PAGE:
This ruling makes it much more likely that behave-alike implementations of more ‘corporate languages’ will be created, at least in Europe. Previously the threat of a lawsuit would have been enough to deter most people, irrespective of whether what they wanted to do was legal or not.

What languages might we see implemented any time soon? The one that immediately springs to mind for me is Mathematica, which is the leader in its field and a fork of Maxima that supported the Mathematica language would move it out of the ghetto. Octave and Matlab are already very close, so no change there.

I imagine there are corporate languages scattered over every conceivable application domain. A lot of these domains will be sufficiently specialized that there is a very low probability of somebody creating an open source implementation; if it looks like there is money to be made it has become more likely that an alternative commercial implementation will be created.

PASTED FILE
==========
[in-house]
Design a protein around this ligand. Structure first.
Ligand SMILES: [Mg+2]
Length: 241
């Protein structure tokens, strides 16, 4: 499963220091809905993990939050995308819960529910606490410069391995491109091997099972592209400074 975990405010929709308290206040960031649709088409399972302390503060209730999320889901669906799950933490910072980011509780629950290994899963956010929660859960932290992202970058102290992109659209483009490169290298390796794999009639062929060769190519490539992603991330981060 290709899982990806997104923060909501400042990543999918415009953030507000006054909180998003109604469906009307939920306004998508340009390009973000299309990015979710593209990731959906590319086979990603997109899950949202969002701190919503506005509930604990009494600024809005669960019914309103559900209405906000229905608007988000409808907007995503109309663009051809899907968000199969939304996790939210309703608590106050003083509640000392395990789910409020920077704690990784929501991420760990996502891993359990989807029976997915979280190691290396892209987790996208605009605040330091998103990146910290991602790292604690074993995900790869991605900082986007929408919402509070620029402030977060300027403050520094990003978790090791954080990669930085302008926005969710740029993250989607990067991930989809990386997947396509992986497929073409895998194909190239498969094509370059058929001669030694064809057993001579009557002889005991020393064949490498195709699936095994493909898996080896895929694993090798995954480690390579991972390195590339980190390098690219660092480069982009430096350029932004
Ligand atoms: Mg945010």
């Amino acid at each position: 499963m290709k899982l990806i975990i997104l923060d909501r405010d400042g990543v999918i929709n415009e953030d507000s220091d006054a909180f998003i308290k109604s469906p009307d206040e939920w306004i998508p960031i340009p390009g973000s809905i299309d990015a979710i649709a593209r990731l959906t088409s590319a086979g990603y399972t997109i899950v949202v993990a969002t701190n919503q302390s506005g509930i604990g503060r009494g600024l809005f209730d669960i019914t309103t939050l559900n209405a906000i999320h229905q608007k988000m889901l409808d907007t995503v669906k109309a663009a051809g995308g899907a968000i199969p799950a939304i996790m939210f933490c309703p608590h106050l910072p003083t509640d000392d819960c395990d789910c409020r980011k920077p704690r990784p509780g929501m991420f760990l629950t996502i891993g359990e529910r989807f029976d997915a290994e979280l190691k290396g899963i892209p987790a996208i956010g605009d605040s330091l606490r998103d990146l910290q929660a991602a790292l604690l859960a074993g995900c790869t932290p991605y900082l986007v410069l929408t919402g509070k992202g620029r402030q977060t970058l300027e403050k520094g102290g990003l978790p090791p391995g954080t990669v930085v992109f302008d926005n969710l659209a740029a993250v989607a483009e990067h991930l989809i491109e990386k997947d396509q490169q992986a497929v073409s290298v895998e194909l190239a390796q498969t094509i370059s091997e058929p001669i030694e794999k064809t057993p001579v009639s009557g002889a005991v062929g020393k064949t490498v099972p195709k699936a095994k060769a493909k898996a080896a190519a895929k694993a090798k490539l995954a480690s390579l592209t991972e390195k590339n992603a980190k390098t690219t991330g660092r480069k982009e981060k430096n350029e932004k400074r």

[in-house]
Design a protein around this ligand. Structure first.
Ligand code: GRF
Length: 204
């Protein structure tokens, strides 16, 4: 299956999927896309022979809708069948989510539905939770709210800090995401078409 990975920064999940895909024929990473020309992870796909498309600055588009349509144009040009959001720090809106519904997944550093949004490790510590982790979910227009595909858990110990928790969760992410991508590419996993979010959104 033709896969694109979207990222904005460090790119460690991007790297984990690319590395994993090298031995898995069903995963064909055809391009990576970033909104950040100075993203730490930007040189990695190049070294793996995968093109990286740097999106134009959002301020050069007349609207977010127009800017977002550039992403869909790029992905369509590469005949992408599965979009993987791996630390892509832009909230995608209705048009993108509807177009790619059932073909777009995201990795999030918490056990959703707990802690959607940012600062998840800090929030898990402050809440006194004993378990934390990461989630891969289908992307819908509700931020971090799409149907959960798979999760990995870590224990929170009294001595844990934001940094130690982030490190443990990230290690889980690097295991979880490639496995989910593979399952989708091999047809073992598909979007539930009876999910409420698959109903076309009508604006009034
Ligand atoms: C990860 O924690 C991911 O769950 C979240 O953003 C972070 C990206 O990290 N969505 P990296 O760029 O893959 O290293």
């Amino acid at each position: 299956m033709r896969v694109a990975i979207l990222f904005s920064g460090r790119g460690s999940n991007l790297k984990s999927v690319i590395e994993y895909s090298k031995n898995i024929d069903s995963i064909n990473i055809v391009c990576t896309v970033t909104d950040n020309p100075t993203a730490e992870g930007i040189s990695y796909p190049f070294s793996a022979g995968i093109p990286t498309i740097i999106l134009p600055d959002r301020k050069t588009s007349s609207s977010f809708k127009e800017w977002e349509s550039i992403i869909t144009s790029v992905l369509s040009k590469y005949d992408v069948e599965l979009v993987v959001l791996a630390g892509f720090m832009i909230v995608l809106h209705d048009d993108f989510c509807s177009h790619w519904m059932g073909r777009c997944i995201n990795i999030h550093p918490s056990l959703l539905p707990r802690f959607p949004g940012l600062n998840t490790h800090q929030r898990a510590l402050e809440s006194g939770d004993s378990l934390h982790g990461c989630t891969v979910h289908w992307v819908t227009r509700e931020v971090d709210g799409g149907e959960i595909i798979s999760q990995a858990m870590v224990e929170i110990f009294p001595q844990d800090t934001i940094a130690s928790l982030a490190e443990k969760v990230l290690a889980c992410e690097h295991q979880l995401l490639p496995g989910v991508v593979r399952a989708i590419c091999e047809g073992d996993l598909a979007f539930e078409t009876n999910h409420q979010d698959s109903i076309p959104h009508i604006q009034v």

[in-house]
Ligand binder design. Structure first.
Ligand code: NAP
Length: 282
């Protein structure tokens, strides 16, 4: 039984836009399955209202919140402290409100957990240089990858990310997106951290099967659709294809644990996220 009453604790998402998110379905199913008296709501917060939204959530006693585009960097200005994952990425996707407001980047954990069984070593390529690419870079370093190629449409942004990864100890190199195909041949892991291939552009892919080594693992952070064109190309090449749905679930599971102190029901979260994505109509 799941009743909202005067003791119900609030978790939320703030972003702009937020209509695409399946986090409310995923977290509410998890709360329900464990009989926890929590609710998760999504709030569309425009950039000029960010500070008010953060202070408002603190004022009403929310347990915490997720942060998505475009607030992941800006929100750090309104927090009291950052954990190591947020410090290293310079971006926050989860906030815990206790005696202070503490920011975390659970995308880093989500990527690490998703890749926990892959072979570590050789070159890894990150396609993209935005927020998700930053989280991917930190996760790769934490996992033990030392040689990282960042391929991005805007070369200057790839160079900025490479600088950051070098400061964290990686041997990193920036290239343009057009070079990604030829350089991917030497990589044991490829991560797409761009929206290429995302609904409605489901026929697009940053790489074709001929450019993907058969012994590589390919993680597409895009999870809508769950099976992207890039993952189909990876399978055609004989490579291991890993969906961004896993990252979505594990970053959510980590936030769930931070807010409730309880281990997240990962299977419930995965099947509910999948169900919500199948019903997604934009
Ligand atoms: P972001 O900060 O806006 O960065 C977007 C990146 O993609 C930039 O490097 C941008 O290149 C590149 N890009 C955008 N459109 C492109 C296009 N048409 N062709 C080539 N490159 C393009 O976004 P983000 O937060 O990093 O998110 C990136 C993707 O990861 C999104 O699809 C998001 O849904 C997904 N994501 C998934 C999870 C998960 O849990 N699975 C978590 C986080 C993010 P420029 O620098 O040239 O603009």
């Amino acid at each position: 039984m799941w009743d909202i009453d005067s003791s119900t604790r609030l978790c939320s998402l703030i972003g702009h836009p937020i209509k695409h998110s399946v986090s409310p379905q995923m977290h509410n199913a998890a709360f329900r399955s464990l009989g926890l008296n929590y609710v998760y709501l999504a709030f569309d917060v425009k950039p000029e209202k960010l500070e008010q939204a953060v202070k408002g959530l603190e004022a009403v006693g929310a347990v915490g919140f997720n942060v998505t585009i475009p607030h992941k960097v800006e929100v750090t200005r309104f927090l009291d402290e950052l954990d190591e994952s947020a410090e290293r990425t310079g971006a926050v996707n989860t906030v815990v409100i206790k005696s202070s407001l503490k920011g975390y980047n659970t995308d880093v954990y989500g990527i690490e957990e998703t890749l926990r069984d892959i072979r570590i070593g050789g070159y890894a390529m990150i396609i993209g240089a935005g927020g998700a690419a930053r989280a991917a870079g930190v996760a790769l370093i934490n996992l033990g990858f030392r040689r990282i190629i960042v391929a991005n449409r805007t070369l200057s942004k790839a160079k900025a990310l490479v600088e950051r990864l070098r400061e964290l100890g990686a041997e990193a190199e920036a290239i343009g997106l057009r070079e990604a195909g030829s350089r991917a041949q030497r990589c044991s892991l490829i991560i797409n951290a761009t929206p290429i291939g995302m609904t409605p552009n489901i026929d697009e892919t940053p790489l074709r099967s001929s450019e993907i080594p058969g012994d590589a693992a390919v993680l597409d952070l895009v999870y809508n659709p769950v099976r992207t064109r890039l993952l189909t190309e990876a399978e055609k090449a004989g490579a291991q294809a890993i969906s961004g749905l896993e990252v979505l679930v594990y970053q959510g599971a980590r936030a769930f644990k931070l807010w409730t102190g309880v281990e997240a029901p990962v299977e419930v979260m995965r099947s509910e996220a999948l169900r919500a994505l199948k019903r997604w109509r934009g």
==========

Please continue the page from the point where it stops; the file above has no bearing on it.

It looks like being a compiler writer is back as flavor of the month again :-)

  1. Markk
    May 3rd, 2012 at 01:43 | #1

    What is copyrighted is the source code to the instance of R distributed by the R institute of course.

    This is a great announcement for Europe and a great announcement for SAS competitors. SAS will not be able to step on R or other languages because they are too “close” to the SAS language. If only the judge in the Google-Oracle case who told the jury to assume programming languages could be copyrighted has a bit of this sense.

    Just think if a company could copyright a language – AT&T would suddenly be suing every single computer user in the world for license fees to use C, even though they didn’t write any of the code many people use. Given half a dozen languages you could control the usage of every programmer in the world.